I want this. I really, really want this to work out, and goodness knows everyone else would be pleased if I knew one way or another because I can’t stop talking about it, tweeting about it, updating my status about it.
On Saturday night Harry and I went on a rare night out and all the way there on the tube I kept feeling words form in my mouth, words about the house, nut I swallowed them because I was worried that I had become irritating in my obsession. “I can’t stop talking about it,” I confided over dinner.
It was a relief when Harry smiled. “Neither can I.”
We have built this elaborate fantasy whereby we get the house and have to put our flat on the market immediately. We find ourselves already looking at storage prices for boxes we may not need to pack for over a year yet. We consider which fixtures and fitting should remain when we have gone. Where is the nearest B&Q to Narbeth? Would IKEA Cardiff deliver all the way out there? Should we get ourselves new bedding, and maybe use our old stuff for a spare room? In view of my health problems, should we go down and register with the GP on the first working day?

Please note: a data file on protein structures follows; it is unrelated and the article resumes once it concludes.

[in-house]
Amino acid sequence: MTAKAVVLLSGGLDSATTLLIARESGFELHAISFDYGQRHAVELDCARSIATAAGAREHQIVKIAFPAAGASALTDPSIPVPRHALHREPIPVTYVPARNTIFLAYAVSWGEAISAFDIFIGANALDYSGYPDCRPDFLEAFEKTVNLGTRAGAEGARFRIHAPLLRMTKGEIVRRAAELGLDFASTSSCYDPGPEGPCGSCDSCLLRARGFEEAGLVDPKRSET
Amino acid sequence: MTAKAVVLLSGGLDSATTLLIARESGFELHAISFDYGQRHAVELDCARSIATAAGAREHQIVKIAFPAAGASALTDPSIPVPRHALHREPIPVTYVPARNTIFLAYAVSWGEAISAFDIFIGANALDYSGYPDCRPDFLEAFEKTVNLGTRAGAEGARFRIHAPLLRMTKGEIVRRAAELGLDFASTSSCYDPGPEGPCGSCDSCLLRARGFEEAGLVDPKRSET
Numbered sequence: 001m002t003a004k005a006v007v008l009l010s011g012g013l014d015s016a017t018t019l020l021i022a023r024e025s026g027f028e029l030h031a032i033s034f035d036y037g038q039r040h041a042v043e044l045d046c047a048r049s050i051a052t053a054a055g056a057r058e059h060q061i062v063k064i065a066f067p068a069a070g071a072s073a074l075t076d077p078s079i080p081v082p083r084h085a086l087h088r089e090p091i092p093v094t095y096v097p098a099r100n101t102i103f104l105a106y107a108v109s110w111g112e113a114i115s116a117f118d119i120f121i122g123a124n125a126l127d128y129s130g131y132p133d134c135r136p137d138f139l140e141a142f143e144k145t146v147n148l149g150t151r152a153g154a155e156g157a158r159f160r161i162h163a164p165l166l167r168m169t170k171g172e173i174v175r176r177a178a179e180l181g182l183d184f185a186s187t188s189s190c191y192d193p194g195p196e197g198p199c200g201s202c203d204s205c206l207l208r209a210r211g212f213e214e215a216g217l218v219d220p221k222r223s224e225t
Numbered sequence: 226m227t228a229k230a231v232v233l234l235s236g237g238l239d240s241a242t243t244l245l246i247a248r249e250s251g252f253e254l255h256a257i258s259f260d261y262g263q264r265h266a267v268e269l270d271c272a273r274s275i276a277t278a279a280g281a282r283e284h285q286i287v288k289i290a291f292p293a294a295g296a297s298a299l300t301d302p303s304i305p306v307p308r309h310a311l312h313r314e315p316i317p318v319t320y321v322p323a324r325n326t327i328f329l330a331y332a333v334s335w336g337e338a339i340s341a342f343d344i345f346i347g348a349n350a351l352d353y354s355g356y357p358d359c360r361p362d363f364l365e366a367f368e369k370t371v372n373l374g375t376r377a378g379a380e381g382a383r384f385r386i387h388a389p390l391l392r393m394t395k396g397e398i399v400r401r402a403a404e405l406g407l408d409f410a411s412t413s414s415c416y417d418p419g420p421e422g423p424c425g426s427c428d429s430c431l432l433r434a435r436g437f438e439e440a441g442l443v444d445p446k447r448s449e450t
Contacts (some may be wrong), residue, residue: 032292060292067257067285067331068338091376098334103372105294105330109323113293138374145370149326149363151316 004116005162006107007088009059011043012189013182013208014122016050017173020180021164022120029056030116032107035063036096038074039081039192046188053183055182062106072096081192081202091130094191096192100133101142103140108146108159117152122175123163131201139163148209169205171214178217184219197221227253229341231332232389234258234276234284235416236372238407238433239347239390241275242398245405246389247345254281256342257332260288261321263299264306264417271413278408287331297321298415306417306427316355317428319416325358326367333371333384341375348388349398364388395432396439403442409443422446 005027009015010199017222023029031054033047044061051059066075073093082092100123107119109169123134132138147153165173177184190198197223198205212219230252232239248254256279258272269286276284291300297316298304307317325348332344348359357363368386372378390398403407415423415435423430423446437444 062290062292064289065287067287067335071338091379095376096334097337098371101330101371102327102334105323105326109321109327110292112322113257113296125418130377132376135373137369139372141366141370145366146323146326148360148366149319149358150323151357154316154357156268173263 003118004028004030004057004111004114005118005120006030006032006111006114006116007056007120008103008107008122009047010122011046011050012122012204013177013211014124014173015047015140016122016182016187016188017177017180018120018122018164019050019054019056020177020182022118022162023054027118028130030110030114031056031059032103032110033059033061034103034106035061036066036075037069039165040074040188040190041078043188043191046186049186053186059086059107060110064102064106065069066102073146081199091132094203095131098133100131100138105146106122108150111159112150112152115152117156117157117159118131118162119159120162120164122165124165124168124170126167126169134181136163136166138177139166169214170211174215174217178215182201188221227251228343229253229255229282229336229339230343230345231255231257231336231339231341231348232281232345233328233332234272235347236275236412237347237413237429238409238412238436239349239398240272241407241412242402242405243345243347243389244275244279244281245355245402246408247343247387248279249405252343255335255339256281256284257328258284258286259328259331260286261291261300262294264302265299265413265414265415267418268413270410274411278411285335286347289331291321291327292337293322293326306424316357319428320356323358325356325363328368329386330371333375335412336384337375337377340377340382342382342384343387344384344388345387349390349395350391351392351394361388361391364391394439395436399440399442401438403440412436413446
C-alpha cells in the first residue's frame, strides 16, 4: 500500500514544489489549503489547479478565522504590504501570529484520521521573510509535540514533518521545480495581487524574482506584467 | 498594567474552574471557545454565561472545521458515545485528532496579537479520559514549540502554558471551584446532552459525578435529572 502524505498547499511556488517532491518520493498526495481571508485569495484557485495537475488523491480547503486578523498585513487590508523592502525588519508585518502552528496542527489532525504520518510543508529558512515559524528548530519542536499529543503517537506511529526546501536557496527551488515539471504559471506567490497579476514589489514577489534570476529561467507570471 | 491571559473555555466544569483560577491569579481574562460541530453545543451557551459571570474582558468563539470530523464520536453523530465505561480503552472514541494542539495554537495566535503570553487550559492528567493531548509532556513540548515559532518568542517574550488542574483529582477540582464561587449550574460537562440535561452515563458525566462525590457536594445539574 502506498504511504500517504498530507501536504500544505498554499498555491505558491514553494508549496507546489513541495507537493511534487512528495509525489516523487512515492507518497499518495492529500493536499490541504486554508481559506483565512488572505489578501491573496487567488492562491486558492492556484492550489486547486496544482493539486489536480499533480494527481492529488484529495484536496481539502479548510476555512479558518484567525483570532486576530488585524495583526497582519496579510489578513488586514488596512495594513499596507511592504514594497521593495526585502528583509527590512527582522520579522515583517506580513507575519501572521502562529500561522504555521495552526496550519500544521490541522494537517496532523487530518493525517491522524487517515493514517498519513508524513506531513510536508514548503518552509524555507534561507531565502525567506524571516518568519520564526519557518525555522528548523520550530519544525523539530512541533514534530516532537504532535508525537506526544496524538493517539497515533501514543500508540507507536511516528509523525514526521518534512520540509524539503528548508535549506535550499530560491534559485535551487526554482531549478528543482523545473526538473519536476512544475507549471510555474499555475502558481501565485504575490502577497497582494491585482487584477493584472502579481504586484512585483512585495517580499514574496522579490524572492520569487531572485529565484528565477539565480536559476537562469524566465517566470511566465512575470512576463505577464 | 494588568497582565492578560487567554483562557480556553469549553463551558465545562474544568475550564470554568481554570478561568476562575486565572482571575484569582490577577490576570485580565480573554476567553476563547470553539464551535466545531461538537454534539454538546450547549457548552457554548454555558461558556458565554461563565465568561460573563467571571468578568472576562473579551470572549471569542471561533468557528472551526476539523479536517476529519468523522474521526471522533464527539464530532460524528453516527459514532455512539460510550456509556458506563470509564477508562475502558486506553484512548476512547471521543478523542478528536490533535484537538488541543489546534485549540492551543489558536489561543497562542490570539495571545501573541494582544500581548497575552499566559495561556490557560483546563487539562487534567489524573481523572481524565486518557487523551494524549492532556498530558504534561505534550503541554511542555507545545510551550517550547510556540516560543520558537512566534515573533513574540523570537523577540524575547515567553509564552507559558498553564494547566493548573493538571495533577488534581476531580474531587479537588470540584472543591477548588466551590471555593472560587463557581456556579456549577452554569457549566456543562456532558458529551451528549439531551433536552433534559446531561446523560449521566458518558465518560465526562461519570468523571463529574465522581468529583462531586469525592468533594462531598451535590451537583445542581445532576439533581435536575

I am now looking at London through the eyes of someone who may be about to depart. Lovely though Saturday’s concert was, I really noticed the smell and the noise and the sheer grime of the tube. I walk around our borough thinking, “Can I really leave all this? Am I ready to?” and the answer is yes. I feel really lucky to have had the experience of living in London for 11 and a half years, but I am mentally moving on.
Today’s the day that our estate agent friend will meet with the developer and the agent for the (not so) putative house. She’ll then tie all her findings together into a report which we can expect that this afternoon, or maybe tomorrow, depending on how much information is still to be incorporated. This means I will be frantically and pointlessly checking my emails every five minutes from lunchtime onwards, ready to text the headlines to Harry at his conference. I feel as nervous as if I were waiting for the result of a job interview.
“I’m worried,” I told my daughter, “that this will all come to nothing and Harry and I will be disappointed.”
“Disappointed just means you might find something better.”
This blog shows you the most recent post first. To see where our journey began scroll down or click here